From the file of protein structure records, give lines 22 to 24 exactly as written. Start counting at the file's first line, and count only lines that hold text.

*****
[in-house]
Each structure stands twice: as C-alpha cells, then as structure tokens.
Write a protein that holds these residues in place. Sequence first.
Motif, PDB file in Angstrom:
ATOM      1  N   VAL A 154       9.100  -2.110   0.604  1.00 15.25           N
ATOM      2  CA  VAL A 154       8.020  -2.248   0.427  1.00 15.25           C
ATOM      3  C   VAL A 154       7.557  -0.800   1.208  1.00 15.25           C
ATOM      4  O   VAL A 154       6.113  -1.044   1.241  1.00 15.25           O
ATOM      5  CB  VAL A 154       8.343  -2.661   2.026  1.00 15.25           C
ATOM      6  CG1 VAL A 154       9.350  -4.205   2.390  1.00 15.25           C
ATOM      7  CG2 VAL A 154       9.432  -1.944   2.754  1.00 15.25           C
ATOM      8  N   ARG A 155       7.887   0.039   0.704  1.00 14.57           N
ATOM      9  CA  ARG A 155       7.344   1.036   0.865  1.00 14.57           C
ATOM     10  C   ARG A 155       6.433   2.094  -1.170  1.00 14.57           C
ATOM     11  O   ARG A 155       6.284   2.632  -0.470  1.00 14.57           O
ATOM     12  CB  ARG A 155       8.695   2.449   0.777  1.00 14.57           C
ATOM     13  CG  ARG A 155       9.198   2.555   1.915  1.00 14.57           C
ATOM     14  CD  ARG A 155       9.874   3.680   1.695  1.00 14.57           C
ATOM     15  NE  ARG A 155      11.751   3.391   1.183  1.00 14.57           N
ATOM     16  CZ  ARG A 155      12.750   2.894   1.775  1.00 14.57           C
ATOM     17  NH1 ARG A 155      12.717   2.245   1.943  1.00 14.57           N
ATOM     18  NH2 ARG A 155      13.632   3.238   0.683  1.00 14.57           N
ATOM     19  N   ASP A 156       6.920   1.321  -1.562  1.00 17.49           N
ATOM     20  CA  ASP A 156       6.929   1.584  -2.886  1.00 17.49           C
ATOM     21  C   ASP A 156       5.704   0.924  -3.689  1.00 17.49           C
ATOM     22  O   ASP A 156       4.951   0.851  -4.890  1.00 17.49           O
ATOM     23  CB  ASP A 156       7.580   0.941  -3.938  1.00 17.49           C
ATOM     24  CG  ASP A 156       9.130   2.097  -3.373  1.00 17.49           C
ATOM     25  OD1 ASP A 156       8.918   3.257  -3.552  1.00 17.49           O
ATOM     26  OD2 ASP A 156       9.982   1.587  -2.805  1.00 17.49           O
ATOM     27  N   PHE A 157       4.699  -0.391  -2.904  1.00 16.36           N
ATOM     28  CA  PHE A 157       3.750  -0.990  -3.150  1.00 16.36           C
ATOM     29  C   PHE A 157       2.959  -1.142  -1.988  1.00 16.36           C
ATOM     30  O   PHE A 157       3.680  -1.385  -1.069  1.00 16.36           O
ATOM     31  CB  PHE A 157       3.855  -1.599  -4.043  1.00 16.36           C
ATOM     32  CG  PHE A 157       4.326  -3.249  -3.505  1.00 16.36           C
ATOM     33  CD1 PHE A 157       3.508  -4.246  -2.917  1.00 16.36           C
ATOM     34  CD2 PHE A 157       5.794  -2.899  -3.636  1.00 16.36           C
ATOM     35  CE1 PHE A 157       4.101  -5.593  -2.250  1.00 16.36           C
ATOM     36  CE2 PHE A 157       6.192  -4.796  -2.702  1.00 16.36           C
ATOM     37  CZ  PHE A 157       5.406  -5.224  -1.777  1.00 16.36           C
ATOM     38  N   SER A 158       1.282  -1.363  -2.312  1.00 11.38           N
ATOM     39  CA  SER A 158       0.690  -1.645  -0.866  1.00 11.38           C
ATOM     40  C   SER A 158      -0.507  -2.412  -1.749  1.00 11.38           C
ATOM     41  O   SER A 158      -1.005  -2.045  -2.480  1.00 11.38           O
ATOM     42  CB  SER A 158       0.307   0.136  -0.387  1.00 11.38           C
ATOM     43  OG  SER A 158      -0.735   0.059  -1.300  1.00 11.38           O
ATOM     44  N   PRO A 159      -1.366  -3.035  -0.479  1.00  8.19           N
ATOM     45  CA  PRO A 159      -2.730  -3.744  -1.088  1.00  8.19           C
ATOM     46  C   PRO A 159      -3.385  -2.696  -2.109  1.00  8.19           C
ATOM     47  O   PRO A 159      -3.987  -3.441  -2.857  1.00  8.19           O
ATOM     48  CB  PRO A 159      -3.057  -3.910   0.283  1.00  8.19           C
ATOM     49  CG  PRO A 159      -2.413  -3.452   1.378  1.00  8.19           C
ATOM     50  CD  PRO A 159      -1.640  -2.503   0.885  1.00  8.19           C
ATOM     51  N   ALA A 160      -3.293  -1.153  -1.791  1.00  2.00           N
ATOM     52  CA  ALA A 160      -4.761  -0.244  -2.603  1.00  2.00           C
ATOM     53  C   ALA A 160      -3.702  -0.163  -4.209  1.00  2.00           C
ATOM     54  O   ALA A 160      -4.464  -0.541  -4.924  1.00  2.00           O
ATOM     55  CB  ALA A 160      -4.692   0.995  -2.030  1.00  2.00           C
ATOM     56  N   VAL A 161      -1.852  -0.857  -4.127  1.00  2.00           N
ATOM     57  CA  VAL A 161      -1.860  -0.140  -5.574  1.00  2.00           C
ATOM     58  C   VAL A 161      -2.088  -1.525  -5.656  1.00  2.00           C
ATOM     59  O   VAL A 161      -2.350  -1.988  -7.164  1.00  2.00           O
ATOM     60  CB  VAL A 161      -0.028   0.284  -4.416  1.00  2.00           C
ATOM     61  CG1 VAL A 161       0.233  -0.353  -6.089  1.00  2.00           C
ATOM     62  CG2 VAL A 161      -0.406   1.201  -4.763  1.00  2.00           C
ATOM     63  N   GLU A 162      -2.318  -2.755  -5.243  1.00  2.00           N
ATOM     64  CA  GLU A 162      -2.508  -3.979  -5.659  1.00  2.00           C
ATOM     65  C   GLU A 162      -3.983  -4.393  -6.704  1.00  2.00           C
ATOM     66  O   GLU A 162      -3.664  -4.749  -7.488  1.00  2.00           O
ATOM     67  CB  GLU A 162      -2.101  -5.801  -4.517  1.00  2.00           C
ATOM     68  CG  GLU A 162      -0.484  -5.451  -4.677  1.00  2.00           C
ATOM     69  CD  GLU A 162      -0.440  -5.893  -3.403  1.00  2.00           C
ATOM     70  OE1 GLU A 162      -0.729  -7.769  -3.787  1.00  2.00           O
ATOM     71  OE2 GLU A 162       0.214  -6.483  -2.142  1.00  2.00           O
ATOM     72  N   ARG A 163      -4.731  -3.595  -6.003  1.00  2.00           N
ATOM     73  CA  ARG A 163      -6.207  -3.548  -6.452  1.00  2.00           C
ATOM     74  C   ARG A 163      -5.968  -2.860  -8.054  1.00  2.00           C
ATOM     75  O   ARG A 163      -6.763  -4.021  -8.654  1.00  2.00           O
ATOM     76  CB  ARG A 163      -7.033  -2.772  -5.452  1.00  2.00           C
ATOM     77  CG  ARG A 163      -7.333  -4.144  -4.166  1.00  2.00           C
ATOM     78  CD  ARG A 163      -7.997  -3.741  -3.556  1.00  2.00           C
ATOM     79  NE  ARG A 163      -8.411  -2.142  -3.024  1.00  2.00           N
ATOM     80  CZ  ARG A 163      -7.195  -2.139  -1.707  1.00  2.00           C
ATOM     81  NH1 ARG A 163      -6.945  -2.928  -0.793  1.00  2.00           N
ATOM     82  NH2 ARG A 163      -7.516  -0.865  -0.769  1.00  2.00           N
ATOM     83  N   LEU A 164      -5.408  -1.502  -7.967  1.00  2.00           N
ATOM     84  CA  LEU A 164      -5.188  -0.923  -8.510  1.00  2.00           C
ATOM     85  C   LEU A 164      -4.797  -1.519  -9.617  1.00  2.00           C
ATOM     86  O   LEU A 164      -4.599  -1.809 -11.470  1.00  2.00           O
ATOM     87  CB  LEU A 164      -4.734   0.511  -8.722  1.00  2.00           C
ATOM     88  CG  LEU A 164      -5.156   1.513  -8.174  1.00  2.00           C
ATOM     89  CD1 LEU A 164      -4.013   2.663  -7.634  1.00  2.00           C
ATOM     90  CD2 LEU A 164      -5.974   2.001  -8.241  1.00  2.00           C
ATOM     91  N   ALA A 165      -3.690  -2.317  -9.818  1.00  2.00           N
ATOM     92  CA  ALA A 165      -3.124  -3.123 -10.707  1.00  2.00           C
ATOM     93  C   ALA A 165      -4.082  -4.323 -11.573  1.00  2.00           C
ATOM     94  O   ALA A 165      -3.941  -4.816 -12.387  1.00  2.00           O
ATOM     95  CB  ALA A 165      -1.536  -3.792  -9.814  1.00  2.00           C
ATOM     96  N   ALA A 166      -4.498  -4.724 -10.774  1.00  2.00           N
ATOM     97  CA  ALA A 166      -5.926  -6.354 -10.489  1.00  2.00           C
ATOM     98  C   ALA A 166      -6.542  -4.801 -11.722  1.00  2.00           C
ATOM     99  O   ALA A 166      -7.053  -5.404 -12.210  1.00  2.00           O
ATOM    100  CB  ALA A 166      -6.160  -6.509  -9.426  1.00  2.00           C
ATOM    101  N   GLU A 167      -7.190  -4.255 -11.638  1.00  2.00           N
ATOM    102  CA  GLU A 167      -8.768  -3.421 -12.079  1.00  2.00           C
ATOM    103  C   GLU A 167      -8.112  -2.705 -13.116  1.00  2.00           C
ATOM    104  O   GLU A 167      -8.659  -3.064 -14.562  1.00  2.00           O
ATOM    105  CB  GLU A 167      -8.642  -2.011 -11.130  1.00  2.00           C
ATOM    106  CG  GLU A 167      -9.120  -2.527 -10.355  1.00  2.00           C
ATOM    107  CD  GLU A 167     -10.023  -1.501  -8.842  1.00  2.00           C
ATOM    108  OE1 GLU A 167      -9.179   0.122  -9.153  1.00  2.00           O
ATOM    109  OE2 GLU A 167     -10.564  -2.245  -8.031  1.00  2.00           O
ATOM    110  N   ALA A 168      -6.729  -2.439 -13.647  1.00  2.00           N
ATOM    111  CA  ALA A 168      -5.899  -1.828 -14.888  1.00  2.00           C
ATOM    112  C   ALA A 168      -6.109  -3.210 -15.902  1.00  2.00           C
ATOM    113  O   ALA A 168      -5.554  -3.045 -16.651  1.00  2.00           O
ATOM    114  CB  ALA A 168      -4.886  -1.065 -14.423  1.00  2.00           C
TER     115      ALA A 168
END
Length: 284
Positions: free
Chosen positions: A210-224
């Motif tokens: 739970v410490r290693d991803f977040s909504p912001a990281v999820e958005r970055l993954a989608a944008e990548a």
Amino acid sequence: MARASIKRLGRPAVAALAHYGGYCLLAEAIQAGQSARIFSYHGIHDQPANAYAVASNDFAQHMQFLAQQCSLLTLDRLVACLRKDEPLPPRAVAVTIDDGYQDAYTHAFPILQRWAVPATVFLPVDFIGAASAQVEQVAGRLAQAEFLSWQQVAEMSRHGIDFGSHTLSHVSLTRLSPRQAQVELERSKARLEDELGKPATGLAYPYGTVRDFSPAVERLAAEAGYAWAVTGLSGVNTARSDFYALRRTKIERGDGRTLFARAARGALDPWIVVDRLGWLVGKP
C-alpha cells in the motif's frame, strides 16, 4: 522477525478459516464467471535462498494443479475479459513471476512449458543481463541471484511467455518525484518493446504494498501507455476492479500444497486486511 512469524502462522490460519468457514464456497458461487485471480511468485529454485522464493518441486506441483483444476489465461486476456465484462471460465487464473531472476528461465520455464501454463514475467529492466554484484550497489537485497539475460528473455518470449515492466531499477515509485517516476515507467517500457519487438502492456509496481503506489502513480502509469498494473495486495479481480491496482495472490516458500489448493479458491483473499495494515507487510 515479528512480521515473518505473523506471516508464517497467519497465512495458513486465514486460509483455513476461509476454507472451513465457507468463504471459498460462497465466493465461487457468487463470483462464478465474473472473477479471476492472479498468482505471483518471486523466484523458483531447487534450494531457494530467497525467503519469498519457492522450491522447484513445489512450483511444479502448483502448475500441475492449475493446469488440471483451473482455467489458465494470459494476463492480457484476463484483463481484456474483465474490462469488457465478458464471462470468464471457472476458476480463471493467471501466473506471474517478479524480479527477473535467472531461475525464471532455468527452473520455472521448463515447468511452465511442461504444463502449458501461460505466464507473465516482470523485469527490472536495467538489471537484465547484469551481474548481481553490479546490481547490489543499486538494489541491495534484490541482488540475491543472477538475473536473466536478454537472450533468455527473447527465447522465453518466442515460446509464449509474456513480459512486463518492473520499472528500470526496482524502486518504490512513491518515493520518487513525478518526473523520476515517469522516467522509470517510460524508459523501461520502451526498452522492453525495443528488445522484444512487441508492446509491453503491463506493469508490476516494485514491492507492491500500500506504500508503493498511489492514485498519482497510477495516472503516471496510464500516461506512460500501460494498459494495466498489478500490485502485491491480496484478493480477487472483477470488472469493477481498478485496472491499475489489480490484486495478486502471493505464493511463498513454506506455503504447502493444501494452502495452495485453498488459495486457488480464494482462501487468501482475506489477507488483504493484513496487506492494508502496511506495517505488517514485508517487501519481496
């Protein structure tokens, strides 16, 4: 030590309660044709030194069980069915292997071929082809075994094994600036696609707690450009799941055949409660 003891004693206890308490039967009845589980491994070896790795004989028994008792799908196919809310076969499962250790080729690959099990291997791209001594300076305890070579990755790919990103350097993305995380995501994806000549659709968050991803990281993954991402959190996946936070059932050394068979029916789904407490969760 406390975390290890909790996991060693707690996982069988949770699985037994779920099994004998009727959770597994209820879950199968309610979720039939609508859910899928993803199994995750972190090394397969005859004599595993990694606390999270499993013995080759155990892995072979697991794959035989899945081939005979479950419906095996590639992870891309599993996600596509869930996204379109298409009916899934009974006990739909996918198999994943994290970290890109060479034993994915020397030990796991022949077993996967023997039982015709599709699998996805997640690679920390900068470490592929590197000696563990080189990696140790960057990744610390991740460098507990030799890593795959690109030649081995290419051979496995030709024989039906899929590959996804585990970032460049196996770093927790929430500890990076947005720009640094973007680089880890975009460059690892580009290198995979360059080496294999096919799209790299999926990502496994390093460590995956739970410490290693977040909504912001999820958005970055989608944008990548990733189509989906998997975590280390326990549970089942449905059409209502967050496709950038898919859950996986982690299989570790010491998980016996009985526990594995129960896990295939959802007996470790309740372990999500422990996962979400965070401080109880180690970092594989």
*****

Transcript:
ATOM     18  NH2 ARG A 155      13.632   3.238   0.683  1.00 14.57           N
ATOM     19  N   ASP A 156       6.920   1.321  -1.562  1.00 17.49           N
ATOM     20  CA  ASP A 156       6.929   1.584  -2.886  1.00 17.49           C